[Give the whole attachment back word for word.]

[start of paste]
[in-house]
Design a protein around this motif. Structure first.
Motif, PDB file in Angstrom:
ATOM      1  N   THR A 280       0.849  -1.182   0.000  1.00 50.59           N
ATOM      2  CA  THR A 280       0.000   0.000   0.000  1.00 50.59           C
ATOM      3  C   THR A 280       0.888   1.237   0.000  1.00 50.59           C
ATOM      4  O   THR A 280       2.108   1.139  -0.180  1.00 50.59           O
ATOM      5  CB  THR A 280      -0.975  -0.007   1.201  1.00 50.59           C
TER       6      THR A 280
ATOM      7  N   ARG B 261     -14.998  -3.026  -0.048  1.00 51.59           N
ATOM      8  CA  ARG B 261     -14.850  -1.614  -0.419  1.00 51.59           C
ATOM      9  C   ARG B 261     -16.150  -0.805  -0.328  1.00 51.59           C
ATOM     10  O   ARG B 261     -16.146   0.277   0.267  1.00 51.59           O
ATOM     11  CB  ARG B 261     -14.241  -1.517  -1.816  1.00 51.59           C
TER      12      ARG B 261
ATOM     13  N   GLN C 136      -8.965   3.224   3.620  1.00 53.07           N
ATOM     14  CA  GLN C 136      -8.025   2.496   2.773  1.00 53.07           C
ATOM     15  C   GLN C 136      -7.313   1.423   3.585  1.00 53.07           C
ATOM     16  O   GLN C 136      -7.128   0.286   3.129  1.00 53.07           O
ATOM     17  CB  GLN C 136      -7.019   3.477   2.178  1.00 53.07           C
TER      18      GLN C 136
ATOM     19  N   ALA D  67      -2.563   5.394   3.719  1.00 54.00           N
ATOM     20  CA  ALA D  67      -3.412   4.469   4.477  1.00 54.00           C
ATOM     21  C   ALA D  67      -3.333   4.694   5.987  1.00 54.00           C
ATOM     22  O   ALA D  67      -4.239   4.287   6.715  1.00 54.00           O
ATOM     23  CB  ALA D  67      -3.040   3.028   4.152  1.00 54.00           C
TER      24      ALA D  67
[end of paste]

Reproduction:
[in-house]
Design a protein around this motif. Structure first.
Motif, PDB file in Angstrom:
ATOM      1  N   THR A 280       0.849  -1.182   0.000  1.00 50.59           N
ATOM      2  CA  THR A 280       0.000   0.000   0.000  1.00 50.59           C
ATOM      3  C   THR A 280       0.888   1.237   0.000  1.00 50.59           C
ATOM      4  O   THR A 280       2.108   1.139  -0.180  1.00 50.59           O
ATOM      5  CB  THR A 280      -0.975  -0.007   1.201  1.00 50.59           C
TER       6      THR A 280
ATOM      7  N   ARG B 261     -14.998  -3.026  -0.048  1.00 51.59           N
ATOM      8  CA  ARG B 261     -14.850  -1.614  -0.419  1.00 51.59           C
ATOM      9  C   ARG B 261     -16.150  -0.805  -0.328  1.00 51.59           C
ATOM     10  O   ARG B 261     -16.146   0.277   0.267  1.00 51.59           O
ATOM     11  CB  ARG B 261     -14.241  -1.517  -1.816  1.00 51.59           C
TER      12      ARG B 261
ATOM     13  N   GLN C 136      -8.965   3.224   3.620  1.00 53.07           N
ATOM     14  CA  GLN C 136      -8.025   2.496   2.773  1.00 53.07           C
ATOM     15  C   GLN C 136      -7.313   1.423   3.585  1.00 53.07           C
ATOM     16  O   GLN C 136      -7.128   0.286   3.129  1.00 53.07           O
ATOM     17  CB  GLN C 136      -7.019   3.477   2.178  1.00 53.07           C
TER      18      GLN C 136
ATOM     19  N   ALA D  67      -2.563   5.394   3.719  1.00 54.00           N
ATOM     20  CA  ALA D  67      -3.412   4.469   4.477  1.00 54.00           C
ATOM     21  C   ALA D  67      -3.333   4.694   5.987  1.00 54.00           C
ATOM     22  O   ALA D  67      -4.239   4.287   6.715  1.00 54.00           O
ATOM     23  CB  ALA D  67      -3.040   3.028   4.152  1.00 54.00           C
TER      24      ALA D  67